I am working right now on what I call my “Laura Bennett Dress”, named in honor of Laura Bennett, the Project Runway Season 3 finalist and all around fabulous lady. I am basing it (rather loosely, if the truth be told) on McCalls pattern 5269. The fabric I’m using as the main dress is an embroidered, sequined and feathered netting. The pattern calls for a lining, and when I started planning out my sewing of this dress, I spent a very long time thinking about how I wanted it to look. With this fabrication, there were a few options that I contemplated. First was a straight interpretation of the pattern instructions, using a stretch silk charmeuse as the lining. The problem with this is that the sheer mesh will show both seams (mesh overdress and lining):
The moiré patterns alone would be incredibly distracting. So I eliminated that possibility immediately.
Diva Phyllis and I talked on the phone several times about construction techniques. She opined that a baby French seam would look nice, but I was afraid that a French seam on a princess line dress would be lumpy and bumpy over the bust. Plus, it just looked heavy, even on the straight seam test that I did:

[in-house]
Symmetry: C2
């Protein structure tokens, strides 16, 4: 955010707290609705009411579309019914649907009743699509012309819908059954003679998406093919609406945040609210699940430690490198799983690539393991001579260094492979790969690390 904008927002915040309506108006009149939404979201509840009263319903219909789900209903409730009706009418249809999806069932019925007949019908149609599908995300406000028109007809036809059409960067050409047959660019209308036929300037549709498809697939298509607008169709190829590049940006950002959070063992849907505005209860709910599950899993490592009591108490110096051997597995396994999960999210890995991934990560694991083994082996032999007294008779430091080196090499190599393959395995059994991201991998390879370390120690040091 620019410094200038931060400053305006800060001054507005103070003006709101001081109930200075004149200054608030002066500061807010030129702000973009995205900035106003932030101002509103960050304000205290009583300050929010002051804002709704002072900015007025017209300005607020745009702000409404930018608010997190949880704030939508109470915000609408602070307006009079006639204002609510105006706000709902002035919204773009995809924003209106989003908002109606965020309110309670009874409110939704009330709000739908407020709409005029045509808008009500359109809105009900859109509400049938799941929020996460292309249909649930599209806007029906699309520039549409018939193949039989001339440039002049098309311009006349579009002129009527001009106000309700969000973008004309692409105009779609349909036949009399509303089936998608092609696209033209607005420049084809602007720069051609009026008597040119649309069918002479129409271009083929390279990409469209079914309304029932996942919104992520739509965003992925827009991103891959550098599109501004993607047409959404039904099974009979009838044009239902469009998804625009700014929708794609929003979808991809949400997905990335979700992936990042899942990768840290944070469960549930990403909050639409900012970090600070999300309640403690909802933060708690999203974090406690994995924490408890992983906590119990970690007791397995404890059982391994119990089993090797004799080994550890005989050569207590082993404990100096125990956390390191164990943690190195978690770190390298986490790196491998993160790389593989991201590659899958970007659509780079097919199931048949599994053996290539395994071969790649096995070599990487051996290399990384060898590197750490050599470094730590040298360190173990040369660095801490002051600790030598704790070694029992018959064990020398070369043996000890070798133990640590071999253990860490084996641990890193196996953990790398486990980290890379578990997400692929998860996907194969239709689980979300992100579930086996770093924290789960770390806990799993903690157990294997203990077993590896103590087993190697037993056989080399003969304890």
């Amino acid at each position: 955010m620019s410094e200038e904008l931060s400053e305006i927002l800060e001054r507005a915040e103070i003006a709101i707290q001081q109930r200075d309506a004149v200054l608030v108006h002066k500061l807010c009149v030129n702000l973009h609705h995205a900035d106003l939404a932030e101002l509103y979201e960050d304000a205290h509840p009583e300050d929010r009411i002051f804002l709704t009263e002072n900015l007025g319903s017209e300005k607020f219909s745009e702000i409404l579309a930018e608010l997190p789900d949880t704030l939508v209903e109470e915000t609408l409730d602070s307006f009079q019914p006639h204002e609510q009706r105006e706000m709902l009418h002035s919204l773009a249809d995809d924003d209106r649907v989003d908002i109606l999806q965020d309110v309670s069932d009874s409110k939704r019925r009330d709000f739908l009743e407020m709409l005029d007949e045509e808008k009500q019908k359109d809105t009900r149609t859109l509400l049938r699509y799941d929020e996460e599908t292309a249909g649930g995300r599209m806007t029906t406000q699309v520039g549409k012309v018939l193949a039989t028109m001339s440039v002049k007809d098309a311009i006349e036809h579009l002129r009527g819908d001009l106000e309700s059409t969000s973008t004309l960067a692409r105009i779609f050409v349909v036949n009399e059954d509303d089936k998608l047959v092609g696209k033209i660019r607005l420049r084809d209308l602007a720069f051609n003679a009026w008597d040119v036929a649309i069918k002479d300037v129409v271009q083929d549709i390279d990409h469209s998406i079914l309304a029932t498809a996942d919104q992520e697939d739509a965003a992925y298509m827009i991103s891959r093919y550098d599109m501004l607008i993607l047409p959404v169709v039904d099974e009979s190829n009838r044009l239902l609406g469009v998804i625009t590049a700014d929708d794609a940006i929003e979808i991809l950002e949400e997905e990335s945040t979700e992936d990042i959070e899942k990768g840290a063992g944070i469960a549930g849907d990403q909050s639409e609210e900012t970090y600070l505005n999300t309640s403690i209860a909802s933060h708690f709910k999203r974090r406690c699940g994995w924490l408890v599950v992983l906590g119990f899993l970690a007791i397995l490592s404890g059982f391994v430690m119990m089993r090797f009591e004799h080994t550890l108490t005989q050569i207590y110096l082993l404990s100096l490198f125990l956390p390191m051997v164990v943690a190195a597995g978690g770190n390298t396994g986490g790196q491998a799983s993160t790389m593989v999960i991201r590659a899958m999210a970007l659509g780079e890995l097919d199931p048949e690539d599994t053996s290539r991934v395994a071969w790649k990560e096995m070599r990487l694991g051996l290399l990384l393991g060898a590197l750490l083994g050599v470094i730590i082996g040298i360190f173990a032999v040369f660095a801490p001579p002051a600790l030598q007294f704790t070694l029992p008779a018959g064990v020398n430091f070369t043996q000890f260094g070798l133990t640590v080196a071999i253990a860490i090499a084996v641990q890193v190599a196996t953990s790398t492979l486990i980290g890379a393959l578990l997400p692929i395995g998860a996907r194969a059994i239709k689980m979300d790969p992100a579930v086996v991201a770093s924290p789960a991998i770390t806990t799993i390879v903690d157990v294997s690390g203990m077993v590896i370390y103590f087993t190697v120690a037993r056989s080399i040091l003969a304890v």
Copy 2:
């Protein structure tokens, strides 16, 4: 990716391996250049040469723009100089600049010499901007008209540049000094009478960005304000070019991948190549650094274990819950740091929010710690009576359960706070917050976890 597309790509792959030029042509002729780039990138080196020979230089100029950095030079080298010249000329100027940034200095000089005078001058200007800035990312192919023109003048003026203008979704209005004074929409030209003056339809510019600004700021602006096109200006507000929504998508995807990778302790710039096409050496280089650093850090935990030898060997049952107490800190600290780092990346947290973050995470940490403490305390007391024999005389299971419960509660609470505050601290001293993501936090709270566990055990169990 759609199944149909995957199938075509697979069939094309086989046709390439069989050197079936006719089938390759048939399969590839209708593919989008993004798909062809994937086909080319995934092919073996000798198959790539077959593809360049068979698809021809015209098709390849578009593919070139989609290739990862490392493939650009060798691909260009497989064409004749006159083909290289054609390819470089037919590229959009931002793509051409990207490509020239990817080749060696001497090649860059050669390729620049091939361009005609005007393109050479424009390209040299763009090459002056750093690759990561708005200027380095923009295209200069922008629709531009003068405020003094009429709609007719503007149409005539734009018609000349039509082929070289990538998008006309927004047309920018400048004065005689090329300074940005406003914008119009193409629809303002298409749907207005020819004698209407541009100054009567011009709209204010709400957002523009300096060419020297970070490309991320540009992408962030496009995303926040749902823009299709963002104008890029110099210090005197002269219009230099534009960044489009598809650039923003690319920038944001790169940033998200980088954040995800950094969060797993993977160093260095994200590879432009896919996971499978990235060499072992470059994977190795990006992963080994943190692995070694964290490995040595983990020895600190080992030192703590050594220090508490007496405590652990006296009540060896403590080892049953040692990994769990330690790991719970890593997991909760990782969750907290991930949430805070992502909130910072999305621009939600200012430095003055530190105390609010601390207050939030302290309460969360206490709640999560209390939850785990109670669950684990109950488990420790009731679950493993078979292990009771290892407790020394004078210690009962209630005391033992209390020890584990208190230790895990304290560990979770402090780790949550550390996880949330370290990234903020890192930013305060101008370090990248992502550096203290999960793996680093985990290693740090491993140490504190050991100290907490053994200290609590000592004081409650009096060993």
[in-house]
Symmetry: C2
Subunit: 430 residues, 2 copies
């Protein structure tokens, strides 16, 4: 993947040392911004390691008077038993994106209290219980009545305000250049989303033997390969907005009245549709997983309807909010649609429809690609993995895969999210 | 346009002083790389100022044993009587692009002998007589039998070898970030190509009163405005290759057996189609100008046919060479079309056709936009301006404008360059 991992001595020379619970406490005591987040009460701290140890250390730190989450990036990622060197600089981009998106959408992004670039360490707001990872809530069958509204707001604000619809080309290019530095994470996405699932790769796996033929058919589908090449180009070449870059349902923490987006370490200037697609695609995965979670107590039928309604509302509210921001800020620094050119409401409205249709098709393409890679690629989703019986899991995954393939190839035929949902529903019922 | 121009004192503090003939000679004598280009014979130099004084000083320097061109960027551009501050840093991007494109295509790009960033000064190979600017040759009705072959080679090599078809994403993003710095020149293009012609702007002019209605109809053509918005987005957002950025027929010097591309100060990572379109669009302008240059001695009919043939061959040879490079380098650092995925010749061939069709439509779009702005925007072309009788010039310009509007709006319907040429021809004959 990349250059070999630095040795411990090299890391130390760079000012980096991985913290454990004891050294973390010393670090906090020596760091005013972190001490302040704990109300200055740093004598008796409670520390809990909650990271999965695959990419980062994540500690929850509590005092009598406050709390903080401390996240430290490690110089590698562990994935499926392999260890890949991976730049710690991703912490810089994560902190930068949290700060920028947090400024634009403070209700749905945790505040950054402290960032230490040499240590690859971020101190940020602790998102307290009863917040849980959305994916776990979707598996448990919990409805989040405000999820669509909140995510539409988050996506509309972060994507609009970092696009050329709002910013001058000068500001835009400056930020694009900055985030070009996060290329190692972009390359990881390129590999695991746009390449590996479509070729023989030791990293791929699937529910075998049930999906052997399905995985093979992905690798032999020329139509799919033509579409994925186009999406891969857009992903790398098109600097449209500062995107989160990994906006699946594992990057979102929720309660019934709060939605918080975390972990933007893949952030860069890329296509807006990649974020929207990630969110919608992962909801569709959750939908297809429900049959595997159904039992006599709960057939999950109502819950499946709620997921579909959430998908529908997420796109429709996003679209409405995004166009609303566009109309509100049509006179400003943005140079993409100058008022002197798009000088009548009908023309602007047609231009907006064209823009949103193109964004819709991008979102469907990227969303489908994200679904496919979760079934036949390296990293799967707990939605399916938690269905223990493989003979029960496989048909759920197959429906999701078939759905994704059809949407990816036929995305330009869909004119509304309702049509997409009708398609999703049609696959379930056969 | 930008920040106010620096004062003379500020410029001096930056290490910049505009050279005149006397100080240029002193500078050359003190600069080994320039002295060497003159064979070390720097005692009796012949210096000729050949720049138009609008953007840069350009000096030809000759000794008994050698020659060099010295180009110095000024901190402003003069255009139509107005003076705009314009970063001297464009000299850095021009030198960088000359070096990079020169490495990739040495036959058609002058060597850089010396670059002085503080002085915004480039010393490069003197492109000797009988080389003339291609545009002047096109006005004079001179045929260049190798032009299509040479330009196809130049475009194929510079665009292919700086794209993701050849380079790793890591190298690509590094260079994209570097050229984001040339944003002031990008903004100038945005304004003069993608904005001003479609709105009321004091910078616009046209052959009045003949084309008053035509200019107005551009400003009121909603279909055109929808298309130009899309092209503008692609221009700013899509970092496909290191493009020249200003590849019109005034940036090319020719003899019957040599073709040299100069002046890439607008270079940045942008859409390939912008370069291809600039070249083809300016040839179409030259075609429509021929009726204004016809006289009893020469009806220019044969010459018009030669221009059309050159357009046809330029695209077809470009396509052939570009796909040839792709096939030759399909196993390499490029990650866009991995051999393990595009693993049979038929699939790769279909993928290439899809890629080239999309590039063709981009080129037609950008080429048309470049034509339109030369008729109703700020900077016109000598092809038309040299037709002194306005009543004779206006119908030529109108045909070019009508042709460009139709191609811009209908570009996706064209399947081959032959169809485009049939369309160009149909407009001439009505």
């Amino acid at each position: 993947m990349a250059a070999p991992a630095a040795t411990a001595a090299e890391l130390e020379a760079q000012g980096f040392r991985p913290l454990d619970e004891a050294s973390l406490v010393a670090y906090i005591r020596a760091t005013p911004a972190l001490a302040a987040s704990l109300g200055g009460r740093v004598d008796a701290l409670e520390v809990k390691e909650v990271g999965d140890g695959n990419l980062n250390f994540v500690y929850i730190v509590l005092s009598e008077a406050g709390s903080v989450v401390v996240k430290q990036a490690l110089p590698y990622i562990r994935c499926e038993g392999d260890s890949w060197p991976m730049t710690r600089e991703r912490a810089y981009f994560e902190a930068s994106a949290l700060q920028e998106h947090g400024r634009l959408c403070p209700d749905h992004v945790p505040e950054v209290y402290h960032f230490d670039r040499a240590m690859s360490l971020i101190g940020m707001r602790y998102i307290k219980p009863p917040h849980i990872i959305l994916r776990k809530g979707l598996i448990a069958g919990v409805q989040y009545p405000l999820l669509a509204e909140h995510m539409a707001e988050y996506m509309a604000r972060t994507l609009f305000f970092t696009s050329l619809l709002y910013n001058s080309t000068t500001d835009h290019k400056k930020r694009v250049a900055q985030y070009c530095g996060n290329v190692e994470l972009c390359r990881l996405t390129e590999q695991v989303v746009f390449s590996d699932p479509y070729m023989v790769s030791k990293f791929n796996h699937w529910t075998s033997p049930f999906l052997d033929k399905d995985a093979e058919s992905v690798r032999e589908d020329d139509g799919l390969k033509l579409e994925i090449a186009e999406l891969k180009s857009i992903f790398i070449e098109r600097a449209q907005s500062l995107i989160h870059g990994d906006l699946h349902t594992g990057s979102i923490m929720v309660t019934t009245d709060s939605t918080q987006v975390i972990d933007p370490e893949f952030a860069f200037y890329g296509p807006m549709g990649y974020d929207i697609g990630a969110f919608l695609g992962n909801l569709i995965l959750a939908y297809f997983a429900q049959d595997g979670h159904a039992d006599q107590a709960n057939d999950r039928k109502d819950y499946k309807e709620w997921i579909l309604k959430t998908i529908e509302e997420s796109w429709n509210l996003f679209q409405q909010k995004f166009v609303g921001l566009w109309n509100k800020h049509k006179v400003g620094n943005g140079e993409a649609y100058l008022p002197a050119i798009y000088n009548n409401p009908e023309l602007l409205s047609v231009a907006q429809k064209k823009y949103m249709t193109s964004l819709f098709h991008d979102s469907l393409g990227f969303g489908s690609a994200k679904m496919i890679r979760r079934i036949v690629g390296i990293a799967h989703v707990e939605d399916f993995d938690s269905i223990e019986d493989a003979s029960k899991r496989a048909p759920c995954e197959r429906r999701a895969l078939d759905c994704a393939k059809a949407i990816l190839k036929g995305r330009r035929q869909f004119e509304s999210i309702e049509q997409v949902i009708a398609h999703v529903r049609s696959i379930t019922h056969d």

The eye would be immediately drawn to the seams, and it would ruin the airy effect of the mesh.
So I came back to my original thought, which was to use the charmeuse as an underlining. Between cutting this fabric and underlining it to the stretch charmeuse, I took several days to get ready to sew. It was worth it. I would like to say, that if you are going to underline a fabric like this, do it by hand.
Notice my underlined piece. This is the left back. The basting stitches are very long, and there is no puckering. Had I done this by machine, I can guarantee that there would be puckering and grain shift going on, with unpleasant, or perhaps even disastrous results. I used a plain cotton basting thread, and I used 1 1/2 inch long running stitches in the seam allowance, about 1/4 inch away from the cut edges. This gave me the control that I needed to keep the fabrics together properly during stitching.
While stitching the seams, I used my Pfaff, which has a built in differential feed. I think my industrial Juki would do a good job too, but I didn’t want to chance the fabric slipping around, so the Pfaff did the trick. Here’s a picture of the seam from the wrong side:
And here’s what the seam looks like from the right side.
The seam is much less conspicuous, and the allowances are all well hidden. Underlining is a couture technique that is well worth the effort. When it’s finished, this dress will be quite spectacular, and it won’t have any of the seamline distractions that might be there otherwise. Watch this space for the finished dress.